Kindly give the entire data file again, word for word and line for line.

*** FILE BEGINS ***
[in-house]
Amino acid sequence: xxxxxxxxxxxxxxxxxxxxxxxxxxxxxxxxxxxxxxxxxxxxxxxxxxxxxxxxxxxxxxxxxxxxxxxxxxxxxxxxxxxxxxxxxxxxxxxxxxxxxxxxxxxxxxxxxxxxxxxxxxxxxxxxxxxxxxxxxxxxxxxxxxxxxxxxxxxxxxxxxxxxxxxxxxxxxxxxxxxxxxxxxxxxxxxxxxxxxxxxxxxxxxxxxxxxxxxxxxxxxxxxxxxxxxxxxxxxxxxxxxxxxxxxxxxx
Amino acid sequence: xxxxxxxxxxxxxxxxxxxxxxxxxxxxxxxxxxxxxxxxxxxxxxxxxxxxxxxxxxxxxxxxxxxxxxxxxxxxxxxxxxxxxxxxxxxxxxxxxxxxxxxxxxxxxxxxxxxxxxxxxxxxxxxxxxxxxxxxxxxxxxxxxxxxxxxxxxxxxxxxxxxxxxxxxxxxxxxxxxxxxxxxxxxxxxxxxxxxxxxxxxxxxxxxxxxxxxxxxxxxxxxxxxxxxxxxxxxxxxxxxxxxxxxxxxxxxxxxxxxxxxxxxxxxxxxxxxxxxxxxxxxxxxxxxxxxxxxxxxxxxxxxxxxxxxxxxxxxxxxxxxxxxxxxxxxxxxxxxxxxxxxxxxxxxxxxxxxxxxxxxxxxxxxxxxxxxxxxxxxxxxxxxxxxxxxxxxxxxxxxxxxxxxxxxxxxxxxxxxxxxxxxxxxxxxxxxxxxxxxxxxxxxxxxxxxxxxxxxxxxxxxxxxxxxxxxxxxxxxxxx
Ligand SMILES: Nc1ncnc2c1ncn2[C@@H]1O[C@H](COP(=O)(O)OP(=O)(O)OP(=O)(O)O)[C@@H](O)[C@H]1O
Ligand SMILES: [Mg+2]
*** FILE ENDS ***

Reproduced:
[in-house]
Amino acid sequence: xxxxxxxxxxxxxxxxxxxxxxxxxxxxxxxxxxxxxxxxxxxxxxxxxxxxxxxxxxxxxxxxxxxxxxxxxxxxxxxxxxxxxxxxxxxxxxxxxxxxxxxxxxxxxxxxxxxxxxxxxxxxxxxxxxxxxxxxxxxxxxxxxxxxxxxxxxxxxxxxxxxxxxxxxxxxxxxxxxxxxxxxxxxxxxxxxxxxxxxxxxxxxxxxxxxxxxxxxxxxxxxxxxxxxxxxxxxxxxxxxxxxxxxxxxxx
Amino acid sequence: xxxxxxxxxxxxxxxxxxxxxxxxxxxxxxxxxxxxxxxxxxxxxxxxxxxxxxxxxxxxxxxxxxxxxxxxxxxxxxxxxxxxxxxxxxxxxxxxxxxxxxxxxxxxxxxxxxxxxxxxxxxxxxxxxxxxxxxxxxxxxxxxxxxxxxxxxxxxxxxxxxxxxxxxxxxxxxxxxxxxxxxxxxxxxxxxxxxxxxxxxxxxxxxxxxxxxxxxxxxxxxxxxxxxxxxxxxxxxxxxxxxxxxxxxxxxxxxxxxxxxxxxxxxxxxxxxxxxxxxxxxxxxxxxxxxxxxxxxxxxxxxxxxxxxxxxxxxxxxxxxxxxxxxxxxxxxxxxxxxxxxxxxxxxxxxxxxxxxxxxxxxxxxxxxxxxxxxxxxxxxxxxxxxxxxxxxxxxxxxxxxxxxxxxxxxxxxxxxxxxxxxxxxxxxxxxxxxxxxxxxxxxxxxxxxxxxxxxxxxxxxxxxxxxxxxxxxxxxxxxx
Ligand SMILES: Nc1ncnc2c1ncn2[C@@H]1O[C@H](COP(=O)(O)OP(=O)(O)OP(=O)(O)O)[C@@H](O)[C@H]1O
Ligand SMILES: [Mg+2]